fore-edge painting

Use Fore-edge painting in a sentence

fore-edge painting

[fawr-ej, fohr-]
noun
a technique of painting a picture on the fore edge of a book, often in such a manner that only when the pages are slightly fanned the picture is revealed.

Origin:
1910–15

Dictionary.com Unabridged
Based on the Random House Dictionary, © Random House, Inc. 2014.
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Encyclopedia Britannica
Encyclopedia

fore-edge painting

technique of painting the edges of the leaves, or folios, of a book, employed in the European Middle Ages. Manuscript books with gold-tooled bindings often had the edges of their pages gilded with burnished gold. They were also frequently goffered with heated tools and were occasionally coloured. From 1650 onward a number of London binders practiced a new decorative method of fore-edge painting: floral scrolls or scenes were painted upon the fanned-out fore-edge of the leaves and concealed by a normal gilt edge when the book was closed; they became visible only when it was opened. This decorative device was continued in the 18th century, but by the late 19th century fore-edge painting began to wane in popularity.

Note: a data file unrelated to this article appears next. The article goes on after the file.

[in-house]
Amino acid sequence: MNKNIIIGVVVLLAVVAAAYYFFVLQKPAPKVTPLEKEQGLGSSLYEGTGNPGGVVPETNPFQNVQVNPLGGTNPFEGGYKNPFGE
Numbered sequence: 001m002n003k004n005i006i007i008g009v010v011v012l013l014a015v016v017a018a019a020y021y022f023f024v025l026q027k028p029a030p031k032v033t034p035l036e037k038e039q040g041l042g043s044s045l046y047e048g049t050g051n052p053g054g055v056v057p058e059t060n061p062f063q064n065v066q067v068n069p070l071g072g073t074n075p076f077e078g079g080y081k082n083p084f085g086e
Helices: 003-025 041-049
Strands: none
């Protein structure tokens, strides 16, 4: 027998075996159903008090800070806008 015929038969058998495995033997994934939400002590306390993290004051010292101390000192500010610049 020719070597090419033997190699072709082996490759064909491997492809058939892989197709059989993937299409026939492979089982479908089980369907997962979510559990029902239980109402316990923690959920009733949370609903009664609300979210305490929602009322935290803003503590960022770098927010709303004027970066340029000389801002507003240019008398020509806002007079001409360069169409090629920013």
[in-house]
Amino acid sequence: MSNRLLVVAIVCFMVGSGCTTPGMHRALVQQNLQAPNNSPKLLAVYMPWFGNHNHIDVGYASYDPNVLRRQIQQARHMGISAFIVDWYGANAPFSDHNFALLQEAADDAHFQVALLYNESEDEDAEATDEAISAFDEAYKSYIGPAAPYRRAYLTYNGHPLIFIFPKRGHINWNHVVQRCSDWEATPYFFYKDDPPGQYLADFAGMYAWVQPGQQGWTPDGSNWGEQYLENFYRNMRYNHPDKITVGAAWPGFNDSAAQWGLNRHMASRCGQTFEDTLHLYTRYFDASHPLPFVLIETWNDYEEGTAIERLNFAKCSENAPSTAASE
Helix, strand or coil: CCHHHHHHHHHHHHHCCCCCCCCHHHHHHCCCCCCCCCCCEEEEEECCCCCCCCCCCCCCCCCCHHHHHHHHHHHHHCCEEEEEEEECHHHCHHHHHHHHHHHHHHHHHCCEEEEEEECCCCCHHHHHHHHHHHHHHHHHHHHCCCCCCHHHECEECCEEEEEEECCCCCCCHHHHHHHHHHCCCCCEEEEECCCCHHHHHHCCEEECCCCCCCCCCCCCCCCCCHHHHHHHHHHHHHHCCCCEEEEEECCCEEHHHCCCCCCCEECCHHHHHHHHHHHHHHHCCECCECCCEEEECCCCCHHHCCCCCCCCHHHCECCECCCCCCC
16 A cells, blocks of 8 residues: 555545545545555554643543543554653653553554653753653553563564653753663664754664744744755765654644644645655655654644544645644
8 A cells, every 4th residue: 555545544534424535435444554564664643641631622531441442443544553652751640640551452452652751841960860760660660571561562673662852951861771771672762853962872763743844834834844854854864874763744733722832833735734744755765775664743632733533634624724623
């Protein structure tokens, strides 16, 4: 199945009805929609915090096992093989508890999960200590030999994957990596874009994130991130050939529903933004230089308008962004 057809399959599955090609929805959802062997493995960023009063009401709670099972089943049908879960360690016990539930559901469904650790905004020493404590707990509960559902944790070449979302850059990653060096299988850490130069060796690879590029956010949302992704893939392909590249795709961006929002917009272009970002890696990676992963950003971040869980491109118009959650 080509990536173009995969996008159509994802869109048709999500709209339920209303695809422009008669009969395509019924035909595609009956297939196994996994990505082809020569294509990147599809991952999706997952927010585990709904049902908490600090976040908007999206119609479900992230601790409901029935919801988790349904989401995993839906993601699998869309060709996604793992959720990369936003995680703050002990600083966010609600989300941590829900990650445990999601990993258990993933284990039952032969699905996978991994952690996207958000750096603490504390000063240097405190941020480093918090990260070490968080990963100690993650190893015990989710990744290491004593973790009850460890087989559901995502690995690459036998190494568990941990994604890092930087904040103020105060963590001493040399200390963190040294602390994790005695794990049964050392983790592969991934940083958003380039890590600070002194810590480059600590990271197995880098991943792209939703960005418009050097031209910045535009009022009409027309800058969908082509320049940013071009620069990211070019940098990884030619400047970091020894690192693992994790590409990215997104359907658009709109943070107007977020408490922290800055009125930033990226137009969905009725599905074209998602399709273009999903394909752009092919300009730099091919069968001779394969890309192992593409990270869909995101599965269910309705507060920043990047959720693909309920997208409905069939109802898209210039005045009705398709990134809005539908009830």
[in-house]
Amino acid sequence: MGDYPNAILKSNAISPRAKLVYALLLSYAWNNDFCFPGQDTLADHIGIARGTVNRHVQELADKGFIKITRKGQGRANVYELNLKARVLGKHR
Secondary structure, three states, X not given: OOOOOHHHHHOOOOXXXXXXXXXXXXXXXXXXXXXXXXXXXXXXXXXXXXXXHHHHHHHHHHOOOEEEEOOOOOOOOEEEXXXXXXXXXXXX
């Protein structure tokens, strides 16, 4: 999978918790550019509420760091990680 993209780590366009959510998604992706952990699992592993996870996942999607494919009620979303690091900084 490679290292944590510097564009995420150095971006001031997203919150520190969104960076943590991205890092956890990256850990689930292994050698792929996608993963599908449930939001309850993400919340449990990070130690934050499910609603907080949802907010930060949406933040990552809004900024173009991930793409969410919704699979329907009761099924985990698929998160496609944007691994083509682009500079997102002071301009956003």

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Encyclopedia Britannica, 2008. Encyclopedia Britannica Online.
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Example sentences
It received that status because of its fore-edge painting.
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